Vacant lots might be flipped into something better

Local News

DECATUR, Ill. (WCIA) — City leaders are looking for a fresh start, beginning with taking over hundreds of vacant, rundown lots and flipping them into something better.  

The Howard Buffett Foundation is giving the city thousands of dollars to buy the land. The goal is to create more space for private businesses and non-profit programs. 

This money is a way to kickstart their plans to turn these empty lots and houses into something benefiting the people and businesses in town. 

“It remains a problem that’s only getting worse.” 

From vacant lots to rundown houses, more than 700 properties are scattered around the city. They’re owned by Macon County. Officials are looking to buy them and fix them up as part of the Neighborhood Revitalization Program. 

City Manager Tim Gleason says it includes, “Neighborhood gardens, a neighborhood playground, opportunities to get in the hands of let’s say Habitat for Humanity.” 

Howard Buffett donated $1 million to help with the project.

“He was interested in providing a cash allowance in his $1 million donation that would go to the acquisition of these trustee properties.”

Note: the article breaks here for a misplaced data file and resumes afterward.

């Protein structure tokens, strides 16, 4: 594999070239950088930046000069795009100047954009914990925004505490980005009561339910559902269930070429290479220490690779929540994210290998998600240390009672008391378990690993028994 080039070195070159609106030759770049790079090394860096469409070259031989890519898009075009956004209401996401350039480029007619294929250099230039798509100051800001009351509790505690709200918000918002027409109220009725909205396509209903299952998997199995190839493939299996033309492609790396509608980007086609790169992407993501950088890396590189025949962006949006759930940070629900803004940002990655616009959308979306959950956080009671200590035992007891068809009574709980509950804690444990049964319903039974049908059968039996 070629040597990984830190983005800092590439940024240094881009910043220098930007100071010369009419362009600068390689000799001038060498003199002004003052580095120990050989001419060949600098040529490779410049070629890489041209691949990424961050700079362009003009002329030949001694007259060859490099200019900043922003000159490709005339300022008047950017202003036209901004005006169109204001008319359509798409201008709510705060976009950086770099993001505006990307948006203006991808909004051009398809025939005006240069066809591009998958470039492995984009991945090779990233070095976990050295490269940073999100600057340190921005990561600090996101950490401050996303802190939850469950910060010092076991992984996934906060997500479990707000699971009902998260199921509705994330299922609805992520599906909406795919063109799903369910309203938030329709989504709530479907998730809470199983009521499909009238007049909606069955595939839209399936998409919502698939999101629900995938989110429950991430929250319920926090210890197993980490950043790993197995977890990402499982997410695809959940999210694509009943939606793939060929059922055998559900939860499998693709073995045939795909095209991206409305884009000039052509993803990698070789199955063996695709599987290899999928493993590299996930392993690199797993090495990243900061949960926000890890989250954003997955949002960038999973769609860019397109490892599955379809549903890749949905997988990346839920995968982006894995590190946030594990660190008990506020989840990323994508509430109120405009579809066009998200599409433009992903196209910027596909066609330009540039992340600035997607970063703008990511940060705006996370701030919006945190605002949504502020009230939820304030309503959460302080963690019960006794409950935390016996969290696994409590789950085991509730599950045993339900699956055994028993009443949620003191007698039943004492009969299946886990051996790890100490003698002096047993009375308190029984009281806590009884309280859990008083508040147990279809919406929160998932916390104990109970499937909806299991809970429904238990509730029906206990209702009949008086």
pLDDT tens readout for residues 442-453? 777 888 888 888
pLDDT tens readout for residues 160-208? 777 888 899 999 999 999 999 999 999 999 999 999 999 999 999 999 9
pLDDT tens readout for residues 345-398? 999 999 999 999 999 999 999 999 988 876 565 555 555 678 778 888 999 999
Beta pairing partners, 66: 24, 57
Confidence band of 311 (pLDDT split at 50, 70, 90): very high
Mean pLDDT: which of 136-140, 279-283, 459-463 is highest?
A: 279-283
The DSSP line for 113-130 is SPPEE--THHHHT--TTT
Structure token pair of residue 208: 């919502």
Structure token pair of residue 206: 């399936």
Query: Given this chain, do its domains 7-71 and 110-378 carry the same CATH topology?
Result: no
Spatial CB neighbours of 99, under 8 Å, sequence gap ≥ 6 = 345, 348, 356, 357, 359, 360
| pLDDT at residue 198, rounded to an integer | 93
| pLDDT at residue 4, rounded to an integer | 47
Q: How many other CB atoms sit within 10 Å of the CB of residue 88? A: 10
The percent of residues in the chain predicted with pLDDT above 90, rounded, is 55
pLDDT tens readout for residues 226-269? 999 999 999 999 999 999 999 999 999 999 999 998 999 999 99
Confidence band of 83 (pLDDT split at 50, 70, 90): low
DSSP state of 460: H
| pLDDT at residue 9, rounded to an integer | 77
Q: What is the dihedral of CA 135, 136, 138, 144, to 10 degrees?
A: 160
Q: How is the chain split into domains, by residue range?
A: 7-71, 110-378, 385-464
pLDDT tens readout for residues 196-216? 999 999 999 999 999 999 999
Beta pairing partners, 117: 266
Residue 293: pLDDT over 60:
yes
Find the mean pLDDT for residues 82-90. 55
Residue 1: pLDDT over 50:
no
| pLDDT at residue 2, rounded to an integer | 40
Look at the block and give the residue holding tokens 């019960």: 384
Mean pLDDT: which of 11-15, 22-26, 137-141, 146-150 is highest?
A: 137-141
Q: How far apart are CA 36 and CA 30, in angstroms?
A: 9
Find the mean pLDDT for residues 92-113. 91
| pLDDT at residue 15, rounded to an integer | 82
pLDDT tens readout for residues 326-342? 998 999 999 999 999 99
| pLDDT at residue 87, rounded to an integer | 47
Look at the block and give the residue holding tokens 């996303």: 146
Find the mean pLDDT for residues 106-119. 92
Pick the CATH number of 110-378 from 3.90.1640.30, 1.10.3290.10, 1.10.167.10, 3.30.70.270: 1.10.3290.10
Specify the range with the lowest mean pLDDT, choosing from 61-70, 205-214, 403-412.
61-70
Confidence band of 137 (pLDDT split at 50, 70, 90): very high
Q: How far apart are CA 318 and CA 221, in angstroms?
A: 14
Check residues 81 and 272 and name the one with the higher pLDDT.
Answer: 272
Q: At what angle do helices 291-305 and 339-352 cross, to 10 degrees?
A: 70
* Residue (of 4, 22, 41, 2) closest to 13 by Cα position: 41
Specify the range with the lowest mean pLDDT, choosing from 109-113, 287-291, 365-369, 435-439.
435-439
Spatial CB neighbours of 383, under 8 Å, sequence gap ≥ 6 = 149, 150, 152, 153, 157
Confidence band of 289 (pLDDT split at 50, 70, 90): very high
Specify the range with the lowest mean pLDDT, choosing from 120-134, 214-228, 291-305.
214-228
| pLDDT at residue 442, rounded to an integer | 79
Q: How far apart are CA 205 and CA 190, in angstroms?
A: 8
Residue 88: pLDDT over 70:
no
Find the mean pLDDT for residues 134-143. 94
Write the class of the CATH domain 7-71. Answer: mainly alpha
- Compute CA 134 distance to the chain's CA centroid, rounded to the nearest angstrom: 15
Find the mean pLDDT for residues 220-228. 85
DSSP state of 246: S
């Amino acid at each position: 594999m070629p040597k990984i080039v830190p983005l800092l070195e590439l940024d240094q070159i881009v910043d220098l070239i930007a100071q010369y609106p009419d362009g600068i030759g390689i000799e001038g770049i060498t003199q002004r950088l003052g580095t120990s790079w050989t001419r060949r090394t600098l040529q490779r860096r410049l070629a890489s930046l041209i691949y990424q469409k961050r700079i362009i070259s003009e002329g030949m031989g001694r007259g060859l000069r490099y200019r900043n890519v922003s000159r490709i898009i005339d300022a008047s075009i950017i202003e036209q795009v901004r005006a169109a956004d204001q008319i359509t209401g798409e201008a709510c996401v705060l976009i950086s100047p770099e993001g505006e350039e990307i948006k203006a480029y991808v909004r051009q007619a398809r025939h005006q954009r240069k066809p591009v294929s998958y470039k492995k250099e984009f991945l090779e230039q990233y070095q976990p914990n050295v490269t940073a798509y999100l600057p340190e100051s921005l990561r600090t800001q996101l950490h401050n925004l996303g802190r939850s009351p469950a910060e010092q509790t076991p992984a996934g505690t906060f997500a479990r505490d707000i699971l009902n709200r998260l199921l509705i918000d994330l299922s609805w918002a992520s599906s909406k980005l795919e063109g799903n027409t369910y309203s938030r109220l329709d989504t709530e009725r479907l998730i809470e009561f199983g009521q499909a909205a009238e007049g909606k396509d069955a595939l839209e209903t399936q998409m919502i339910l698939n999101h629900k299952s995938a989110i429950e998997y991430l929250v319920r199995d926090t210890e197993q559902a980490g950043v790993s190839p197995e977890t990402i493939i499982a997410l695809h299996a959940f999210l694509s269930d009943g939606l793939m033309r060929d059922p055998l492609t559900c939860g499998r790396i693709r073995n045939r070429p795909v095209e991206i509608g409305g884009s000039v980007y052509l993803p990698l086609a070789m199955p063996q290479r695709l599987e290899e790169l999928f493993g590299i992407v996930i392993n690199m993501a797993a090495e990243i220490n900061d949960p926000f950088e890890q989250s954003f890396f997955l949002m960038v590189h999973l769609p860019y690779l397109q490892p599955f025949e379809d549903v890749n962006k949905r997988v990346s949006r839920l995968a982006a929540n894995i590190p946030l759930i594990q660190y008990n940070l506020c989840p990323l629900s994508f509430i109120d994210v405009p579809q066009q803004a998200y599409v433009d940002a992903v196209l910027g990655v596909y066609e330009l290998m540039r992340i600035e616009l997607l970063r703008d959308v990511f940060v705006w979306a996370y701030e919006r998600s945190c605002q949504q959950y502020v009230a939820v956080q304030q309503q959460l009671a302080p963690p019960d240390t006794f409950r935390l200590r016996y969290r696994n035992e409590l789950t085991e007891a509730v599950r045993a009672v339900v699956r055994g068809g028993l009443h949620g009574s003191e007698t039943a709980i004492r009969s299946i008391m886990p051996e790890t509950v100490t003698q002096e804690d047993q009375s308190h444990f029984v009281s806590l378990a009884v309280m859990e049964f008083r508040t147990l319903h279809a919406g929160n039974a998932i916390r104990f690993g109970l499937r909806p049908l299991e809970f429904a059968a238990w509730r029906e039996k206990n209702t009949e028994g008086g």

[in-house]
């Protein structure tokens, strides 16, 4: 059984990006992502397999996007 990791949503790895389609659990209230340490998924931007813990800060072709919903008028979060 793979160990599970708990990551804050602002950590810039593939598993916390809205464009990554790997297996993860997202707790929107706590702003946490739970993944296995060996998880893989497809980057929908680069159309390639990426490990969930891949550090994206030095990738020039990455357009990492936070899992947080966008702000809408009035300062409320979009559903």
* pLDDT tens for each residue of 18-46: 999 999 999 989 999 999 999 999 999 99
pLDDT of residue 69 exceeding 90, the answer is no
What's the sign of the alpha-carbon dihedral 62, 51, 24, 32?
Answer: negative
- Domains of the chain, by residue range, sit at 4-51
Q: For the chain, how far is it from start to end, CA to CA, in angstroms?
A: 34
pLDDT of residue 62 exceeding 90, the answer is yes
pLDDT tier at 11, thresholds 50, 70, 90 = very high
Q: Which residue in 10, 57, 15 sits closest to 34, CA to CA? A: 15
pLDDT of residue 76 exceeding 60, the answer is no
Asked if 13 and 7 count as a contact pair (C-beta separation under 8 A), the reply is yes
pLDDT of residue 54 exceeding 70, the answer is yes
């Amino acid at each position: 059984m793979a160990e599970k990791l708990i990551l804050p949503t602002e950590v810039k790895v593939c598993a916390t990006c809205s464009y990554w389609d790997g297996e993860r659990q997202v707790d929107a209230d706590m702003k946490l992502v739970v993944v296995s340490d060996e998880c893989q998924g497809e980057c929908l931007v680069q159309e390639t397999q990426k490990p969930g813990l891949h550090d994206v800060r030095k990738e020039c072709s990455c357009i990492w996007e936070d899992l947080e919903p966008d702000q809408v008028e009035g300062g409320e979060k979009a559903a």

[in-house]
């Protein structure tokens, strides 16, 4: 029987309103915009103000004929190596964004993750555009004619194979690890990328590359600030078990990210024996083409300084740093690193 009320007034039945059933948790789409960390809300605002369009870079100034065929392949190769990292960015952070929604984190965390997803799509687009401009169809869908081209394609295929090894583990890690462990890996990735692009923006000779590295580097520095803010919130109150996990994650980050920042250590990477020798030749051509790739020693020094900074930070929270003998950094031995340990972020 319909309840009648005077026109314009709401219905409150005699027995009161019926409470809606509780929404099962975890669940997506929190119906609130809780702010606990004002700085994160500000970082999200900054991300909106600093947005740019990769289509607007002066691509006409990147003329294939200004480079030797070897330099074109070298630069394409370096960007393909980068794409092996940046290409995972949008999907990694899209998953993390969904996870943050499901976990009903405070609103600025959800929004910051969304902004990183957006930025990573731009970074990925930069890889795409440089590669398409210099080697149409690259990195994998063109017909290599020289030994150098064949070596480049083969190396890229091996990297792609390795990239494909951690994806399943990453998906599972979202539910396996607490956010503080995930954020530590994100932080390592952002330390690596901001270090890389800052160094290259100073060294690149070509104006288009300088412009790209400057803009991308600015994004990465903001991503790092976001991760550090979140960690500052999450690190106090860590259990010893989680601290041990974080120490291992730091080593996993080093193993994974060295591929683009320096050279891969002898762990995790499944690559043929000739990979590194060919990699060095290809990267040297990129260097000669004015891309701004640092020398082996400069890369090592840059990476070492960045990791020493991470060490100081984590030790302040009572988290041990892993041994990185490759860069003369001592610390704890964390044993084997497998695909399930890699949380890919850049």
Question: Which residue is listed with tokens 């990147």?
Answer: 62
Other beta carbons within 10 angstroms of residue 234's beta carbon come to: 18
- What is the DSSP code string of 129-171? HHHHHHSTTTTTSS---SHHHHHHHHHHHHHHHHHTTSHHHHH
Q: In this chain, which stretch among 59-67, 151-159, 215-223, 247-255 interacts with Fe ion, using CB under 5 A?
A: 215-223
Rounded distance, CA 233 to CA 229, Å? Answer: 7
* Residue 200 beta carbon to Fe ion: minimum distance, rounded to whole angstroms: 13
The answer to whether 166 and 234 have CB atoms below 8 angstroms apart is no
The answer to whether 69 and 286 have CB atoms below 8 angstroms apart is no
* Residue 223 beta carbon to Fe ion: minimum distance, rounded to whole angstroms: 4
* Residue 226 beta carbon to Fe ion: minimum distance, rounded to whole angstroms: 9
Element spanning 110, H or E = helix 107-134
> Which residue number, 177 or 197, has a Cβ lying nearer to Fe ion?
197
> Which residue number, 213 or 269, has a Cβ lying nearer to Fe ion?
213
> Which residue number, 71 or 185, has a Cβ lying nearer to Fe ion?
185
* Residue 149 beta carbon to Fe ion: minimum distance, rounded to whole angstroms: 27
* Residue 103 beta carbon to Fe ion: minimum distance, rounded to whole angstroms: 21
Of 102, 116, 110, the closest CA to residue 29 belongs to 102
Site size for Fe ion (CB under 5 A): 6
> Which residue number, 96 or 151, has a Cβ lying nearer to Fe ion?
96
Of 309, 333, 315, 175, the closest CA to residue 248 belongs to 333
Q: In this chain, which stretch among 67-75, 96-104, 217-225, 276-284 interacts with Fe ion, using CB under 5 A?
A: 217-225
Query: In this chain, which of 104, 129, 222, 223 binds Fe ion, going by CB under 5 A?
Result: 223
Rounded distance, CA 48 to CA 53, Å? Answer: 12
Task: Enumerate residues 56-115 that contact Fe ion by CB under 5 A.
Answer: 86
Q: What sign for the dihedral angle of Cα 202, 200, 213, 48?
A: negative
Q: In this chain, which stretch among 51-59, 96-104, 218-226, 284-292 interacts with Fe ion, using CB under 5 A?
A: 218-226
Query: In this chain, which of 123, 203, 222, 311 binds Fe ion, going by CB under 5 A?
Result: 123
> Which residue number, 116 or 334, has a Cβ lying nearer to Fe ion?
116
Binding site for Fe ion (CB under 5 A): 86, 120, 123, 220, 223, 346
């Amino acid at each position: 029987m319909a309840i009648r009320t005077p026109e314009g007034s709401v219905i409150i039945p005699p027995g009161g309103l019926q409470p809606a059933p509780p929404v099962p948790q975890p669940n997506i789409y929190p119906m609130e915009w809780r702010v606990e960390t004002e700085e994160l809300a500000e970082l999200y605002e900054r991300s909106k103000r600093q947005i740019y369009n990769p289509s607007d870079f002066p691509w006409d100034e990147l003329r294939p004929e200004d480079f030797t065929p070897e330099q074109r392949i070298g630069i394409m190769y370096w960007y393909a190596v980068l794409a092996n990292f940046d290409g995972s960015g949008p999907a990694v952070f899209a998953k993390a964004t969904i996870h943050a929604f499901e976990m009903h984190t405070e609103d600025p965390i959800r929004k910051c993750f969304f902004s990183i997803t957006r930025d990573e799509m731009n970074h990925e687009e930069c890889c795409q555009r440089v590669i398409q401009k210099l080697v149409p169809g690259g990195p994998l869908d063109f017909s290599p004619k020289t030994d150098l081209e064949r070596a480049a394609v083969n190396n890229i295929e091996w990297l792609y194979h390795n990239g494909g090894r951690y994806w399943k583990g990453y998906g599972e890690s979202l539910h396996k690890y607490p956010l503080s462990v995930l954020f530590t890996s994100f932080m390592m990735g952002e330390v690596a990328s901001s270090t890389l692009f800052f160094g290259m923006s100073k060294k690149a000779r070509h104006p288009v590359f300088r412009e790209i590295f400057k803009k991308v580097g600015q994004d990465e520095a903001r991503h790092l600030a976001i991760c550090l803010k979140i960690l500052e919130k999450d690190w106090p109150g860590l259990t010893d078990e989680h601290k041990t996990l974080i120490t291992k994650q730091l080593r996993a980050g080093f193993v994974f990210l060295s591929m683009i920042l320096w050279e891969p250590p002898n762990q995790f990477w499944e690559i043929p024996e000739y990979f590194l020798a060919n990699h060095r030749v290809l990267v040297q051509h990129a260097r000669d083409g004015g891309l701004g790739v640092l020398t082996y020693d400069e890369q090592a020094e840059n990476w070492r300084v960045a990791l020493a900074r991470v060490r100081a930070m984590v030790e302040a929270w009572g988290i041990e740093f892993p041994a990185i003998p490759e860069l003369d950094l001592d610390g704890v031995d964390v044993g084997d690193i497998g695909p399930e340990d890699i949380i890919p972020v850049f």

That’s about $50,000 of free money the city can use to buy all 700+ properties and turn them into something better. The city doesn’t have to pay a penny to make this happen.

“What we have the ability to do now is to get these into the hands of private interest.” 

It includes afterschool programs, Habitat for Humanity, churches, and labor unions. 

Josh Sapp, business manager for International Brotherhood of Electrical Workers, says, “It gives us an opportunity for construction. That means jobs and helps to keep those jobs local.”

The unions have been working with the city to find out what the revitalization will look like. Right now they say it’s looking pretty good.     

“The Decatur community could use an image lift and I think it does that, which attracts more images and potentially more jobs.” 

The sale isn’t a done deal yet. The Macon County Board’s finance committee approved it. But now it goes to the full county board and the final vote to buy the properties will be at the Decatur City Council meeting in March.

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